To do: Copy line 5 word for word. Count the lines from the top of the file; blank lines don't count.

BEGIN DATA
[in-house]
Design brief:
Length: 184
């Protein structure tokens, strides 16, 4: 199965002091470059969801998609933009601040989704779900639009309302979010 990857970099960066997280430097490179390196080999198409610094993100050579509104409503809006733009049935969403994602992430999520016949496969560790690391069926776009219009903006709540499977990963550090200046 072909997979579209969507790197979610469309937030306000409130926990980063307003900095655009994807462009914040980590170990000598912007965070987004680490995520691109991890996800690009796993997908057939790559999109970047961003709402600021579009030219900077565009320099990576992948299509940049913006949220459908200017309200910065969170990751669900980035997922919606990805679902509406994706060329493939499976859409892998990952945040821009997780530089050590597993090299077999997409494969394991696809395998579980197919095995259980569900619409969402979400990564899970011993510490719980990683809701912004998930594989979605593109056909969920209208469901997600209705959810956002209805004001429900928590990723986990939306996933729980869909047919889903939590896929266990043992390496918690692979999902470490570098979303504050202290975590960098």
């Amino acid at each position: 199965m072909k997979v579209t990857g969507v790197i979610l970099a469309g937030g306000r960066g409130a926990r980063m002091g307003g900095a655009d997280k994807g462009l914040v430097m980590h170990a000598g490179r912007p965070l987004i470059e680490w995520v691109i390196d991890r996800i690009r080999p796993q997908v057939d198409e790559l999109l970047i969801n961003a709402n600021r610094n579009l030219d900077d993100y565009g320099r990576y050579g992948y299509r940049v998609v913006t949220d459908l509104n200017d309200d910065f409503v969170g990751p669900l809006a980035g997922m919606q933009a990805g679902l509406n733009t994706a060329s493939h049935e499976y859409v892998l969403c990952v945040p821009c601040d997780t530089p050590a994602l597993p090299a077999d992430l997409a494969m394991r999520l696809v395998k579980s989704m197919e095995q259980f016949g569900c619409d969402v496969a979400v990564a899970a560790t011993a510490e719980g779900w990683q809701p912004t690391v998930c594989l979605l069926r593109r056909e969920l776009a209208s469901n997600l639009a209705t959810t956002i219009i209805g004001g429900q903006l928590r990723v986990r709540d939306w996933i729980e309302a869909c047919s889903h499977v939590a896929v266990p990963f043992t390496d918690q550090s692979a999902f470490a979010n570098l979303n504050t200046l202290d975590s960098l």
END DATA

């Amino acid at each position: 199965m072909k997979v579209t990857g969507v790197i979610l970099a469309g937030g306000r960066g409130a926990r980063m002091g307003g900095a655009d997280k994807g462009l914040v430097m980590h170990a000598g490179r912007p965070l987004i470059e680490w995520v691109i390196d991890r996800i690009r080999p796993q997908v057939d198409e790559l999109l970047i969801n961003a709402n600021r610094n579009l030219d900077d993100y565009g320099r990576y050579g992948y299509r940049v998609v913006t949220d459908l509104n200017d309200d910065f409503v969170g990751p669900l809006a980035g997922m919606q933009a990805g679902l509406n733009t994706a060329s493939h049935e499976y859409v892998l969403c990952v945040p821009c601040d997780t530089p050590a994602l597993p090299a077999d992430l997409a494969m394991r999520l696809v395998k579980s989704m197919e095995q259980f016949g569900c619409d969402v496969a979400v990564a899970a560790t011993a510490e719980g779900w990683q809701p912004t690391v998930c594989l979605l069926r593109r056909e969920l776009a209208s469901n997600l639009a209705t959810t956002i219009i209805g004001g429900q903006l928590r990723v986990r709540d939306w996933i729980e309302a869909c047919s889903h499977v939590a896929v266990p990963f043992t390496d918690q550090s692979a999902f470490a979010n570098l979303n504050t200046l202290d975590s960098l």